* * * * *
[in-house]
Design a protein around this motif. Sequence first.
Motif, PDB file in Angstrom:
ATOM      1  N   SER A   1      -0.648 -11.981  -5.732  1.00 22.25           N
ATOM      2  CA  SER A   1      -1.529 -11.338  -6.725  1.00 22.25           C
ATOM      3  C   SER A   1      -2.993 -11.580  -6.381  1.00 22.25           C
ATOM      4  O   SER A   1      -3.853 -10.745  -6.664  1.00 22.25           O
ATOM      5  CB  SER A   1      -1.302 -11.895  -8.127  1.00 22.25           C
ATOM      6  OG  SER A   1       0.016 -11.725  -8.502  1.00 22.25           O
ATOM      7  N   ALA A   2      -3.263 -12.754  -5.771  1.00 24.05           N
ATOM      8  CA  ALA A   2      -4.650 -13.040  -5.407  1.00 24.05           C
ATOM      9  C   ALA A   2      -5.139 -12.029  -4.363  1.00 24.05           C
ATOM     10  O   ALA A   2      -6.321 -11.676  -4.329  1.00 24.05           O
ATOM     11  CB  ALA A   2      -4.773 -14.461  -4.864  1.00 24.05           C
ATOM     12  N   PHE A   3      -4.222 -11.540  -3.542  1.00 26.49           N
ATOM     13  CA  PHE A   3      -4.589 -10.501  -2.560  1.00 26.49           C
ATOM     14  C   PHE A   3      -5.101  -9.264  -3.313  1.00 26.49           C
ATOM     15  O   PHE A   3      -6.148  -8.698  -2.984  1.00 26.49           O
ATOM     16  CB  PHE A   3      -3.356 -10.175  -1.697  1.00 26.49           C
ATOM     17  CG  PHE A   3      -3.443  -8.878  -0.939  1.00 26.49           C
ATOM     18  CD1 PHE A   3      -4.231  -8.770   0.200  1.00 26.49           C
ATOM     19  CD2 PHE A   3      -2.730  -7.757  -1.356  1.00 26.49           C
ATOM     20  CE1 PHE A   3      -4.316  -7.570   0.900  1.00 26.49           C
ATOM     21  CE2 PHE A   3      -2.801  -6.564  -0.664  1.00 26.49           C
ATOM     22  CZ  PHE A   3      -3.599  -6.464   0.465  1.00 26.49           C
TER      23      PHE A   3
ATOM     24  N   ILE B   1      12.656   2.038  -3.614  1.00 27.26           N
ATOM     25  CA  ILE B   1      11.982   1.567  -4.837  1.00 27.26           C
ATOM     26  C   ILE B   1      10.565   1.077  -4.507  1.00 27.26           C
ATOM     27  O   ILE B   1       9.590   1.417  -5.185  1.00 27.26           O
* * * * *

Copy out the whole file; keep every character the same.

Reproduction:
[in-house]
Design a protein around this motif. Sequence first.
Motif, PDB file in Angstrom:
ATOM      1  N   SER A   1      -0.648 -11.981  -5.732  1.00 22.25           N
ATOM      2  CA  SER A   1      -1.529 -11.338  -6.725  1.00 22.25           C
ATOM      3  C   SER A   1      -2.993 -11.580  -6.381  1.00 22.25           C
ATOM      4  O   SER A   1      -3.853 -10.745  -6.664  1.00 22.25           O
ATOM      5  CB  SER A   1      -1.302 -11.895  -8.127  1.00 22.25           C
ATOM      6  OG  SER A   1       0.016 -11.725  -8.502  1.00 22.25           O
ATOM      7  N   ALA A   2      -3.263 -12.754  -5.771  1.00 24.05           N
ATOM      8  CA  ALA A   2      -4.650 -13.040  -5.407  1.00 24.05           C
ATOM      9  C   ALA A   2      -5.139 -12.029  -4.363  1.00 24.05           C
ATOM     10  O   ALA A   2      -6.321 -11.676  -4.329  1.00 24.05           O
ATOM     11  CB  ALA A   2      -4.773 -14.461  -4.864  1.00 24.05           C
ATOM     12  N   PHE A   3      -4.222 -11.540  -3.542  1.00 26.49           N
ATOM     13  CA  PHE A   3      -4.589 -10.501  -2.560  1.00 26.49           C
ATOM     14  C   PHE A   3      -5.101  -9.264  -3.313  1.00 26.49           C
ATOM     15  O   PHE A   3      -6.148  -8.698  -2.984  1.00 26.49           O
ATOM     16  CB  PHE A   3      -3.356 -10.175  -1.697  1.00 26.49           C
ATOM     17  CG  PHE A   3      -3.443  -8.878  -0.939  1.00 26.49           C
ATOM     18  CD1 PHE A   3      -4.231  -8.770   0.200  1.00 26.49           C
ATOM     19  CD2 PHE A   3      -2.730  -7.757  -1.356  1.00 26.49           C
ATOM     20  CE1 PHE A   3      -4.316  -7.570   0.900  1.00 26.49           C
ATOM     21  CE2 PHE A   3      -2.801  -6.564  -0.664  1.00 26.49           C
ATOM     22  CZ  PHE A   3      -3.599  -6.464   0.465  1.00 26.49           C
TER      23      PHE A   3
ATOM     24  N   ILE B   1      12.656   2.038  -3.614  1.00 27.26           N
ATOM     25  CA  ILE B   1      11.982   1.567  -4.837  1.00 27.26           C
ATOM     26  C   ILE B   1      10.565   1.077  -4.507  1.00 27.26           C
ATOM     27  O   ILE B   1       9.590   1.417  -5.185  1.00 27.26           O